The preliminary investigation indicates that three male juveniles went to a residence where a male and a female juvenile were located. A short time after the three male juveniles arrived, a physical altercation between the male at the residence and the three males occurred.

During this altercation, the male who was at the home stabbed one of the three juvenile males. Immediately after the incident, the male who was stabbed was transported to a medical facility in Livingston by some of the other male juveniles.

While being transported to Houston for further medical care, the injured juvenile succumbed to his injuries and was pronounced deceased. One of the juveniles was armed with a handgun during the incident and was arrested for aggravated assault with a deadly weapon and placed in the Polk County Jail and later transferred to a juvenile detention facility in Montgomery County.

This incident remains under investigation. Since the individuals in this criminal investigation are juveniles, their names will not be released at this time.

Further information is not available for release.

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Local businesses suffer burglaries

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BurgalryBRIAN BESCH I PCE Popping Smoke BBQ in Livingston was one of seven area businesses that was burglarized during a sting of burglaries between Jan. 22-25.

From the Livingston Police Department

A trio of Livingston businesses and four outside the city limits were burglarized recently. The Livingston Police Department is currently investigating three similar business burglaries that occurred days apart. The burglaries took place between Jan. 22-25.

The first burglary was reported Jan. 22, at Carniceria Rosa’s in the 200 block of S. Washington Ave. The second burglary was reported Jan. 25, at Shipley’s Donuts in the 1000 block of W. Church St., and the third burglary was reported Jan. 25, as well at Popping Smoke BBQ in the 200 block of South Point Loop.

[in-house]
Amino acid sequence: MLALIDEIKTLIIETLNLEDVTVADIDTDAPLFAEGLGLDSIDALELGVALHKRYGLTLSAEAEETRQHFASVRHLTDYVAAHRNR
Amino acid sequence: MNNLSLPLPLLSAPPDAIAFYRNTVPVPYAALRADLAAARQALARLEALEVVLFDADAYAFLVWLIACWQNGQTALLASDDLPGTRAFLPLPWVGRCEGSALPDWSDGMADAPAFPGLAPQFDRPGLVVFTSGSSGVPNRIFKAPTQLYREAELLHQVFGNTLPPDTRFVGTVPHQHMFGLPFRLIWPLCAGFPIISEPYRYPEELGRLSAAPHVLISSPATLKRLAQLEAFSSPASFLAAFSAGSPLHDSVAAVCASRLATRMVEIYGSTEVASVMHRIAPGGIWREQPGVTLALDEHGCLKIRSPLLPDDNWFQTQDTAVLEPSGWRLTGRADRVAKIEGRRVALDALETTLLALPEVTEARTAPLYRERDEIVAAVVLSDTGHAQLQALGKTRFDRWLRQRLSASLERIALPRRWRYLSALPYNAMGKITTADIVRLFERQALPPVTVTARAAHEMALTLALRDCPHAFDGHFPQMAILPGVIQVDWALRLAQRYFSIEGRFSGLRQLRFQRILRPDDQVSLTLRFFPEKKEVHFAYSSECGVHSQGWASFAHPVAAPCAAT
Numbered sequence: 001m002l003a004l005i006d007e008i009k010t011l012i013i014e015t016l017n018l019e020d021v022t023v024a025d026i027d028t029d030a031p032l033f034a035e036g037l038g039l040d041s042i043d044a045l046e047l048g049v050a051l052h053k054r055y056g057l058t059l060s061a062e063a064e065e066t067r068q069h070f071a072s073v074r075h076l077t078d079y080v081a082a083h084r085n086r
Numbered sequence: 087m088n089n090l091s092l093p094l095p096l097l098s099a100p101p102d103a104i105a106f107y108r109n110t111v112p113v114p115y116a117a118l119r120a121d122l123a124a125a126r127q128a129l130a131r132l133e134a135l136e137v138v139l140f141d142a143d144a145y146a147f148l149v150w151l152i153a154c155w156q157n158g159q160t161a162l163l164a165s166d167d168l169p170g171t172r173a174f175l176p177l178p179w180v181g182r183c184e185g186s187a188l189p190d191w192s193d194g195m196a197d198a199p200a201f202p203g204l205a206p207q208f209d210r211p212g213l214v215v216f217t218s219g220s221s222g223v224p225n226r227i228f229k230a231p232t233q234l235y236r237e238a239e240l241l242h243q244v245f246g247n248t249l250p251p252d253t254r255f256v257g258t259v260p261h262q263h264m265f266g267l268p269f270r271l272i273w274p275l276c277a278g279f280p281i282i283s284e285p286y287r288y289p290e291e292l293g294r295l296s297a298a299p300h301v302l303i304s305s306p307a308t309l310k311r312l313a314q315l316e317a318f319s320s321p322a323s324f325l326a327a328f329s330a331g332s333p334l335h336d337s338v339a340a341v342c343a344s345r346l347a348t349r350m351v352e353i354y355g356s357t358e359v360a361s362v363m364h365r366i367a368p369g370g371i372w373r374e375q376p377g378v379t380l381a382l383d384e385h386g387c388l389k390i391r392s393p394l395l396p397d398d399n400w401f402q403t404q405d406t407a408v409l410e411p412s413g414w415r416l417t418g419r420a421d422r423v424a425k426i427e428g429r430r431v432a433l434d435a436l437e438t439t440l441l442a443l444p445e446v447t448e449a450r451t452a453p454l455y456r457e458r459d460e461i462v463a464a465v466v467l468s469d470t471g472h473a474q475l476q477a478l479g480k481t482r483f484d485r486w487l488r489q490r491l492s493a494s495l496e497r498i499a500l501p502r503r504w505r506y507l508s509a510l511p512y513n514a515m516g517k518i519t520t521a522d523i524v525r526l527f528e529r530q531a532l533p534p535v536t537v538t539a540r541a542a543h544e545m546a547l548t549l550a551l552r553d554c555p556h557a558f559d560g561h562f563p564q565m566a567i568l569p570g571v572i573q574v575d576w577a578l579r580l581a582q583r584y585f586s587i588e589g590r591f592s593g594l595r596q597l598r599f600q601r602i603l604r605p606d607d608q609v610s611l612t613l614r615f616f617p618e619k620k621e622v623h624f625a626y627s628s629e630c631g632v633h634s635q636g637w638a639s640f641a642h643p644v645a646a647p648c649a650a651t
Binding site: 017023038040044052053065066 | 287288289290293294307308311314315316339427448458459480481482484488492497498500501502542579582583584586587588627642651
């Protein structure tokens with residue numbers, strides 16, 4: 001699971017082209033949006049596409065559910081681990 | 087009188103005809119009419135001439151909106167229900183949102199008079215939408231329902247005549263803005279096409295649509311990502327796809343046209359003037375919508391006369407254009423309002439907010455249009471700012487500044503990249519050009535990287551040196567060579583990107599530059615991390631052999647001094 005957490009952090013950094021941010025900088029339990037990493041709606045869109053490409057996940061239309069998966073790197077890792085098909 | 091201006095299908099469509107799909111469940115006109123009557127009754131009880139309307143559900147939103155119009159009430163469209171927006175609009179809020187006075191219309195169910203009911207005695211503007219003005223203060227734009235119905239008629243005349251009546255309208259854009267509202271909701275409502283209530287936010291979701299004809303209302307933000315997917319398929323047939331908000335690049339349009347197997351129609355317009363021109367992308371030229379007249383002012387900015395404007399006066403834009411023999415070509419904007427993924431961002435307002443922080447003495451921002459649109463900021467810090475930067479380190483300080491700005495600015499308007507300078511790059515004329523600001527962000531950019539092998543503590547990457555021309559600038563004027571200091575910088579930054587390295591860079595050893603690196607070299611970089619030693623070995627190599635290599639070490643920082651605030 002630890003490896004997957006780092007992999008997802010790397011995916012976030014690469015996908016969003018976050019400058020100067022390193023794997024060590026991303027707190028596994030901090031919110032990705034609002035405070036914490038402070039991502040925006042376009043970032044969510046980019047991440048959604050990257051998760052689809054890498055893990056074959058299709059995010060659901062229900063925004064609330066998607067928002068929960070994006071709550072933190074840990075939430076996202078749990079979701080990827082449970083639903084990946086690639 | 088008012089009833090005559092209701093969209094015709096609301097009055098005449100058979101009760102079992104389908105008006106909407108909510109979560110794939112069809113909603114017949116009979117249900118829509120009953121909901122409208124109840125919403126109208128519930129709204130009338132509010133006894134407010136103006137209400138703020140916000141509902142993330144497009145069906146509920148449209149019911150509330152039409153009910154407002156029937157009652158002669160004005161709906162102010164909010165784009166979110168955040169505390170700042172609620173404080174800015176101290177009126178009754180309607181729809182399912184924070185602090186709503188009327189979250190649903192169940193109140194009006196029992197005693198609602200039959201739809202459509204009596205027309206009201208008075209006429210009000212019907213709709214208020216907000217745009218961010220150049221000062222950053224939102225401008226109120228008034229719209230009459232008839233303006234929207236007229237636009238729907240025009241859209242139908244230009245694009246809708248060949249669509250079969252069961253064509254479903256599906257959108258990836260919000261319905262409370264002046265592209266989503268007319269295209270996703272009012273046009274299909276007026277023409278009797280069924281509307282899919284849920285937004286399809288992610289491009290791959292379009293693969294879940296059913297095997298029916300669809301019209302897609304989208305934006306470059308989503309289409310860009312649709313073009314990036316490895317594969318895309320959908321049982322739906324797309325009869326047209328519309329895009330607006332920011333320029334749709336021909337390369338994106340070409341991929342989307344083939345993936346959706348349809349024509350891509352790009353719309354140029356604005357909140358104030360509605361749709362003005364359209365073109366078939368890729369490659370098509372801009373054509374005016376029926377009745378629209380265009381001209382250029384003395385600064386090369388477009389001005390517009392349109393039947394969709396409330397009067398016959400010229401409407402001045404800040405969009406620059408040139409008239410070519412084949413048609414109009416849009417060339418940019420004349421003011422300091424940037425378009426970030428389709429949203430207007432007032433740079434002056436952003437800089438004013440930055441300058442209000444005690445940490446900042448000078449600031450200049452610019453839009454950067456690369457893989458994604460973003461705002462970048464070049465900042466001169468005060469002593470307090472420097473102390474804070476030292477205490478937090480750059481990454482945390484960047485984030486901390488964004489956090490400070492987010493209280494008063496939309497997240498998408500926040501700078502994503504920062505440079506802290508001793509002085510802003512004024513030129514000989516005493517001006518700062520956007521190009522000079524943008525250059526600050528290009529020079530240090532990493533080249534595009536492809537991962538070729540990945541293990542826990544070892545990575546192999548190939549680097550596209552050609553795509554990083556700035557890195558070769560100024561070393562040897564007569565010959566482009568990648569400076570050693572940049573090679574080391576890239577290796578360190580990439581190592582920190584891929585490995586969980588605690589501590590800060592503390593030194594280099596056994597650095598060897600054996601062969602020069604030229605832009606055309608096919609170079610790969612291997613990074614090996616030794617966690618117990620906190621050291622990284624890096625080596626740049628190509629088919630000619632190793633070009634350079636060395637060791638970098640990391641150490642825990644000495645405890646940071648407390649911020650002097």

In all of these burglaries the suspect’s forced entry into the business. These incidents are still under investigation. Anyone with any information pertaining to these incidents is asked to contact the Livingston Police Department at 936-327-3117.

In addition to the three businesses that were burglarized in the city limits, four businesses along US Highway 190 were broken into during the early morning hours of Jan. 25 as well. ChaddyDaddy Brisket Bar, Lash Out Loud and Pink Blush Boutique – all located in Old Mill Center – and La Flor de Puebla Meat Market and Taqueria were burglarized.

The Polk County Sheriff’s Office is investigating the burglaries in those businesses. According to the owners of two of the businesses that were broken into, the suspects used forced entry by breaking windows or kicking in doors before proceeding to ransack the business and take what money they could out of the cash registers.

One business owner also reported that a pair of shoes and a pair of heeled boots were taken from its place of business. Anyone with any information on the burglaries at ChaddyDaddy Brisket Bar, Lash Out Loud, Pink Blush Boutique and La Flor de Puebla Meat Market and Taqueria are encouraged to contact the Polk County Sheriff’s Office at 936-327-6810.

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Smallwood updates Rotarians on SPCA